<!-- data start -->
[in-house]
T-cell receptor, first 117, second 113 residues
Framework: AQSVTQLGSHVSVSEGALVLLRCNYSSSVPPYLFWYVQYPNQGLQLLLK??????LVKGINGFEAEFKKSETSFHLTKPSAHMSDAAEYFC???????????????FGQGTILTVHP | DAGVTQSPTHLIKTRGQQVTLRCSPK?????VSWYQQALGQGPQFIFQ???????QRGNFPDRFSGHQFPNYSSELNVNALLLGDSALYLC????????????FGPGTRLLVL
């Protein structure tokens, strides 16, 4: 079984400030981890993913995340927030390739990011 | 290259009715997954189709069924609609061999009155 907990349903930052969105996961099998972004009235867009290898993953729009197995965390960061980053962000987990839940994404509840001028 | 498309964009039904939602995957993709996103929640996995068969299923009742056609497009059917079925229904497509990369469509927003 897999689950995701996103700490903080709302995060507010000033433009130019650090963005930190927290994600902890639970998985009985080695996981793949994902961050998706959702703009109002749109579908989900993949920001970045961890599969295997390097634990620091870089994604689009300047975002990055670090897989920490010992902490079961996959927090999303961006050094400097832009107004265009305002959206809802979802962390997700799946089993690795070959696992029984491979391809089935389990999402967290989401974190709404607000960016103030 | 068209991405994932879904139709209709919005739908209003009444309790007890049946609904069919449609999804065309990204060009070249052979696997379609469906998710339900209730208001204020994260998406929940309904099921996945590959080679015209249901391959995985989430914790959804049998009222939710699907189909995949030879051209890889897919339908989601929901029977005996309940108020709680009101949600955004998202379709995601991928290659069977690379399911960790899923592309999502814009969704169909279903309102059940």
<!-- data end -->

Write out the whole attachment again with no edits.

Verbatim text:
[in-house]
T-cell receptor, first 117, second 113 residues
Framework: AQSVTQLGSHVSVSEGALVLLRCNYSSSVPPYLFWYVQYPNQGLQLLLK??????LVKGINGFEAEFKKSETSFHLTKPSAHMSDAAEYFC???????????????FGQGTILTVHP | DAGVTQSPTHLIKTRGQQVTLRCSPK?????VSWYQQALGQGPQFIFQ???????QRGNFPDRFSGHQFPNYSSELNVNALLLGDSALYLC????????????FGPGTRLLVL
């Protein structure tokens, strides 16, 4: 079984400030981890993913995340927030390739990011 | 290259009715997954189709069924609609061999009155 907990349903930052969105996961099998972004009235867009290898993953729009197995965390960061980053962000987990839940994404509840001028 | 498309964009039904939602995957993709996103929640996995068969299923009742056609497009059917079925229904497509990369469509927003 897999689950995701996103700490903080709302995060507010000033433009130019650090963005930190927290994600902890639970998985009985080695996981793949994902961050998706959702703009109002749109579908989900993949920001970045961890599969295997390097634990620091870089994604689009300047975002990055670090897989920490010992902490079961996959927090999303961006050094400097832009107004265009305002959206809802979802962390997700799946089993690795070959696992029984491979391809089935389990999402967290989401974190709404607000960016103030 | 068209991405994932879904139709209709919005739908209003009444309790007890049946609904069919449609999804065309990204060009070249052979696997379609469906998710339900209730208001204020994260998406929940309904099921996945590959080679015209249901391959995985989430914790959804049998009222939710699907189909995949030879051209890889897919339908989601929901029977005996309940108020709680009101949600955004998202379709995601991928290659069977690379399911960790899923592309999502814009969704169909279903309102059940």